So now that you’re clear on what inspired ideas are, you need to be sure you’re flying your brain’s proverbial kite in that thunderstorm. How do you get a lighting bolt of inspiration to strike?

As with derivative content, you must regularly expose yourself to the ideas and the thoughts of others, but I find inspiration is more likely to strike when I’m consuming content that I actually enjoy. Listening to great music inspires musical ideas. Reading great posts inspires great post ideas, and so on.

Do you have any guilty pleasure blogs, podcasts, or books that you’re into? Or maybe you genuinely enjoy reading and learning about technology, marketing, knitting, sports, etc. You name it. Get out there and make a habit of good reading habits. Commit yourself to an ongoing informal education in some field. You’ll find tons of ideas flow from that.

personal experience

3. Experience

It’s that trip to South Africa you took when you were in college. It’s the first time you saw the ocean. It’s the feeling you got when you first held your child and gazed at that sweet face. Experiences are as powerful as they are unique, and they’re a perfect source for content ideas.

While your own experiences and interpretations of them are unique, don’t feel like you are being selfish in sharing them. You’ll be surprised how many people can relate directly to your story, or at least empathize with your thoughts or emotions as you describe the experience and how it made you feel. Best of all, people love a good narrative. As humans, we engage with stories.

So look no further than your own experiences and stories for great ideas on content. Share what happened. How did it make you feel? What valuable life lessons did you learn from it? How has it changed you? People want to know.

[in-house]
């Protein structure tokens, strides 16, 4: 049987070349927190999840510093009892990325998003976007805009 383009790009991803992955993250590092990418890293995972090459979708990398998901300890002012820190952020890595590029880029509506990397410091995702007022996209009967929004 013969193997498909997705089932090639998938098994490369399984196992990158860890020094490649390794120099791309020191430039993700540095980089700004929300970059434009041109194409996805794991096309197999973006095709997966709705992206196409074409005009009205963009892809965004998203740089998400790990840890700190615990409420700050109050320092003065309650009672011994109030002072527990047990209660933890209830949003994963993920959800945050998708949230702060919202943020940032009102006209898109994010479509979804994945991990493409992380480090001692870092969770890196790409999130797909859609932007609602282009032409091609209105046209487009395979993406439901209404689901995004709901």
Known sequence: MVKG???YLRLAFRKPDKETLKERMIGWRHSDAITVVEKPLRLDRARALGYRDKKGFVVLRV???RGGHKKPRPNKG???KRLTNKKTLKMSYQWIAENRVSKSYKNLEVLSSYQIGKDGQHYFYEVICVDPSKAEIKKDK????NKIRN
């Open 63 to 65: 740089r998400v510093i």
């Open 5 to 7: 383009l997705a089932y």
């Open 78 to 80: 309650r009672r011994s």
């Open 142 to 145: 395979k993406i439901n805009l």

epiphany

4. Epiphany

I spoke metaphorically earlier about lightning bolts of inspiration, but epiphany is really the truest form of this.

There you are, brushing your teeth, tying your shoes, or taking out the garbage, and–BAM!–you’re suddenly struck with an idea in this glorious “aha!” moment that comes right out of the blue. Or maybe the idea had sort of been there all along, but somehow the pieces finally just came together for you in a magical moment where the clouds parted and the sunbeams shone down.

Keeping Inventory and Following Through

Regardless of how you get your ideas, the cool thing about the four methods I’ve enumerated here are that 3 of the 4 are within your control. Just by making a habit to expose yourself to others’ ideas and to draw on your own experiences, inspiration will certainly come. How cool is that?

The key is that when inspiration strikes, you must obey. If an idea suddenly comes to you, don’t just try to remember it, write it down. If you find yourself with time to write when you feel inspired, do it right then. Otherwise, that idea will surely float away and the intense feeling of inspiration will wane. I have let too many great blog posts go unwritten simply because I was not disciplined enough to write when I felt inspired. You must strike while the pen is hot.

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So begin to keep an inventory of your ideas. Use the Notes app on your phone. Keep a pen and stack of Post-its in your car. I’ve been known to do both. But make it a habit to be faithful to capture and obey inspiration when it strikes and you will find in time that you are never short on your next great content idea.